IPM-HPC Solution: Regarding the MEMOCODE software contest report, there were three contestants were successful in completing this software design contest. These contestants employed a variety of techniques to both discover and optimize performance bottlenecks in the emulator. Our method is focused on optimizing function calls that were frequently invoked, and re-organizing data-structures to better match the underlying Raspberry Pi’s hardware architecture. This approach is 2.5 times faster over the conventional implementation of the contest. See this paper for more detail.
USA - Portland, Oregon
All-Around Winner (in Performance/Cost class and in Performance class)
Our team not only defended its previous years rank in performance/cost class, but also we won the performance class.
IPM-HPC Team members: Armin Ahmadzadeh, Hatef Madani, Kianoush Jafari, Shervin Daneshpajouh, Saeid Gorgin.
Contest Problem: The 2013 problem for the MEMOCODE Design Contest was part of the stereo matching problem: Given a stereo image pair, the challenge was to infer the depth information for each pixel in the image.
IPM-HPC Solution: Regarding the email that we have received from the design Contest chair, there were 8 excellent solutions submitted to the contest this year, utilizing a range of algorithmic as well as system-level optimizations, targeting FPGA, GPU as well as multi-core platforms. The top performing solutions, including ours, were provided the judging image to help the judges in making the final decision. See the paper for more detail.
USA -Virginia – Virginia Tech.
Rank in Performance/Cost class: 1 – IPM-HPC (winner), 2-IOWA State University
Rank in Performance class: 2- IPM-HPC, 1-IOWA State University(winner)
IPM-HPC Team members: Aryan Arbabi, Milad Gholami, Mojtaba Varmazyar, Shervin Daneshpajouh.
Contest Problem: The 2012 problem for the MEMOCODE Design Contest was part of the DNA sequence alignment problem: exact substring matching. The challenge was to efficiently locate millions of 100-base-pair short read sequences in a 3-million-base-pair reference genome.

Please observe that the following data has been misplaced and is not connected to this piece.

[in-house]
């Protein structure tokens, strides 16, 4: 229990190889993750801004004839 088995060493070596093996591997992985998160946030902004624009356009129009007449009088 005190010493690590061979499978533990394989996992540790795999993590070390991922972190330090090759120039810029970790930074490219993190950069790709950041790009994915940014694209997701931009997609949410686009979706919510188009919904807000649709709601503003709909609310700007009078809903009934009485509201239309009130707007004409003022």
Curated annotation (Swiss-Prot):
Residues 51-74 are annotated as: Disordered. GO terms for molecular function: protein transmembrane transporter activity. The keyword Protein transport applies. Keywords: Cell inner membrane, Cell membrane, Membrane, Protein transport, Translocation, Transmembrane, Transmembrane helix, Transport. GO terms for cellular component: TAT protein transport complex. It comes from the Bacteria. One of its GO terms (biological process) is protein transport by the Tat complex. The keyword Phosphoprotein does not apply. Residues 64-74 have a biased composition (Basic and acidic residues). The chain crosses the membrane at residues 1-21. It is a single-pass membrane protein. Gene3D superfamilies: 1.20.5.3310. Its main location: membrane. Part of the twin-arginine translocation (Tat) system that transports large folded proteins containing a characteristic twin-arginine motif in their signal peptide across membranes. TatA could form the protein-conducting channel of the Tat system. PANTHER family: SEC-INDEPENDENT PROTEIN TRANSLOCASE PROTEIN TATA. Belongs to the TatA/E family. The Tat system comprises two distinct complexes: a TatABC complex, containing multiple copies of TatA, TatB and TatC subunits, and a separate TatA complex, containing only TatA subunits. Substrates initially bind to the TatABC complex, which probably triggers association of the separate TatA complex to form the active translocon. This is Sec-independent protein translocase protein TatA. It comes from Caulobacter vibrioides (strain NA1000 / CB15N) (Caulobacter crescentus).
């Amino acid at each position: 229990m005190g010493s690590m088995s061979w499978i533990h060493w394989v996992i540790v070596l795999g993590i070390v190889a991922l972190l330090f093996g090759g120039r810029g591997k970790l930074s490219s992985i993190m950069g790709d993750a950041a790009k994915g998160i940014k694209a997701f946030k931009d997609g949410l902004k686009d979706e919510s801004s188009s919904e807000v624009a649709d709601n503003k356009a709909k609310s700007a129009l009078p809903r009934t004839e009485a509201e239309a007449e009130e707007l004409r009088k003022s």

IPM-HPC Solution: For 2012 contest, we provided two solutions: The first one is based on BWT data structure and the second one is based on Hash-indexing. Both of these methods use CPU-multicore and PThread technology. The Hash indexing method was one of the two winners of the contest. The method is able to align 1.2 GB of short read sequences in only 4 seconds. See the paper for more detail.
UK- Cambridge – Microsoft Research
Rank in Performance/Cost class: 1 – IPM-HPC (winner), 2- Carnegie Mellon University
Rank in Performance class: 2- IPMH-HPC, 1- Carnegie Mellon University(winner)
IPM-HPC Team members: Mahdy Zolghadr, Koosha Mirhosseini, Saeid Gorgin, Abbas Nayebi.
Contest Problem: The objective of 2011 MEMOCODE Hardware/Software CoDesign Contest was to deliver the fastest simulator of a simple Network-on-Chip (NoC). Simulators are important tools to perform architectural tradeoﬀs without the cost of implementing each possibility. Thus, simulator ﬂexibility, along with simulation speed are two key traits to a good simulator.
IPM-HPC Solution: For 2011 contest, we provided a GPU-base network simulator using CUDA framework. For this purpose, we used an NVIDIA GeForce GTX 480 and could achieve a factor of 18 faster over the reference code-platform of the contest. See the paper for more detail.
France- Grenobel, Europole
Rank in Performance/Cost class: 6 – IPM-HPC
Rank in Performance class: 6- IPMH-HPC
IPM-HPC Team members: Mohammad Hassan Khabbazian, Hassan Eslami, Ehsan Totoni, AmadReza Khadem.
Contest Problem: The objective of 2010 MEMOCODE Hardware Software Codesign Contest was to inspect a stream of ethernet packets to see if they match against given regular expressions (deep packet inspection). Commonly, deep-packet inspection has two different main uses: stream categorization (such as L7-filter, l7-filter.sourceforge.net), and intrusion detection (such as snort, www.snort.org). The goal of this contest was to construct a packet inspector which performs both of these tasks. Thus, the contest was named CANSCID: Combined Architecture for Stream Categorization and Intrusion Detection.
IPM-HPC Solution: For 2010 contest, we presented a design and implementation of a high-throughput deep packet inspection performing both stream categorization and intrusion detection on GPU platform using CUDA. This implementation is capable of matching 64 ethernet packet streams against 25 given regular expressions at 524 Mb/s rate on a computer system with GeForce GTX 295 graphic card. See the paper for more detail.